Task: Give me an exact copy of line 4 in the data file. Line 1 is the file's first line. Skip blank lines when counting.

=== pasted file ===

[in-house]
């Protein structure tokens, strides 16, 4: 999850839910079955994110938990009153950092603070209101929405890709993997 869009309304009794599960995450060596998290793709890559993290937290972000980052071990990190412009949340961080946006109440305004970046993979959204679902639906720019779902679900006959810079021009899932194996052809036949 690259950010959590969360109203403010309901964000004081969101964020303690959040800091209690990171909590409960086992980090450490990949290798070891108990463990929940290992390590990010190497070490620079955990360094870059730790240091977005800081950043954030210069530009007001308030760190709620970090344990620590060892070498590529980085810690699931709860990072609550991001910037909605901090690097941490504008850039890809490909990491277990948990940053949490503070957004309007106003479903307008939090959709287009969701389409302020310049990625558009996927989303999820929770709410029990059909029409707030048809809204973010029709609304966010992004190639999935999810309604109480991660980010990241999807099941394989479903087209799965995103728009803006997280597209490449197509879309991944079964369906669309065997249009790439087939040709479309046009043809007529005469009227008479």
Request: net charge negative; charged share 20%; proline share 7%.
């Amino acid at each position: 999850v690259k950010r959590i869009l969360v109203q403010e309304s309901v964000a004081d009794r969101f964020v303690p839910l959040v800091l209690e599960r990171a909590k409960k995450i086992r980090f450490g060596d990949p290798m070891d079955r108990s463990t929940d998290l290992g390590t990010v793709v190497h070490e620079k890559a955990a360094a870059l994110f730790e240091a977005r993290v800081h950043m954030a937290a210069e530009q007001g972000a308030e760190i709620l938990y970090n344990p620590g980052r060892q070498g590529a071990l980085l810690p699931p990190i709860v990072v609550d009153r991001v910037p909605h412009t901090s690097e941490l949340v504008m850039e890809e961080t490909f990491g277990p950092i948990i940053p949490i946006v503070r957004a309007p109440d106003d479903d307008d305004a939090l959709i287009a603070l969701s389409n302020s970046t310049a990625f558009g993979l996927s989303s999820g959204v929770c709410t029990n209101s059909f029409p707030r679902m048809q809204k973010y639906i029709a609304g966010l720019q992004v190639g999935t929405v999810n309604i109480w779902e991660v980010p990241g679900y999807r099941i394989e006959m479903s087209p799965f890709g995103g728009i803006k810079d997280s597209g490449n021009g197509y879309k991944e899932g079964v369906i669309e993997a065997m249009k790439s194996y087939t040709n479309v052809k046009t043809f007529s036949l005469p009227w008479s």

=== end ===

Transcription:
């Amino acid at each position: 999850v690259k950010r959590i869009l969360v109203q403010e309304s309901v964000a004081d009794r969101f964020v303690p839910l959040v800091l209690e599960r990171a909590k409960k995450i086992r980090f450490g060596d990949p290798m070891d079955r108990s463990t929940d998290l290992g390590t990010v793709v190497h070490e620079k890559a955990a360094a870059l994110f730790e240091a977005r993290v800081h950043m954030a937290a210069e530009q007001g972000a308030e760190i709620l938990y970090n344990p620590g980052r060892q070498g590529a071990l980085l810690p699931p990190i709860v990072v609550d009153r991001v910037p909605h412009t901090s690097e941490l949340v504008m850039e890809e961080t490909f990491g277990p950092i948990i940053p949490i946006v503070r957004a309007p109440d106003d479903d307008d305004a939090l959709i287009a603070l969701s389409n302020s970046t310049a990625f558009g993979l996927s989303s999820g959204v929770c709410t029990n209101s059909f029409p707030r679902m048809q809204k973010y639906i029709a609304g966010l720019q992004v190639g999935t929405v999810n309604i109480w779902e991660v980010p990241g679900y999807r099941i394989e006959m479903s087209p799965f890709g995103g728009i803006k810079d997280s597209g490449n021009g197509y879309k991944e899932g079964v369906i669309e993997a065997m249009k790439s194996y087939t040709n479309v052809k046009t043809f007529s036949l005469p009227w008479s």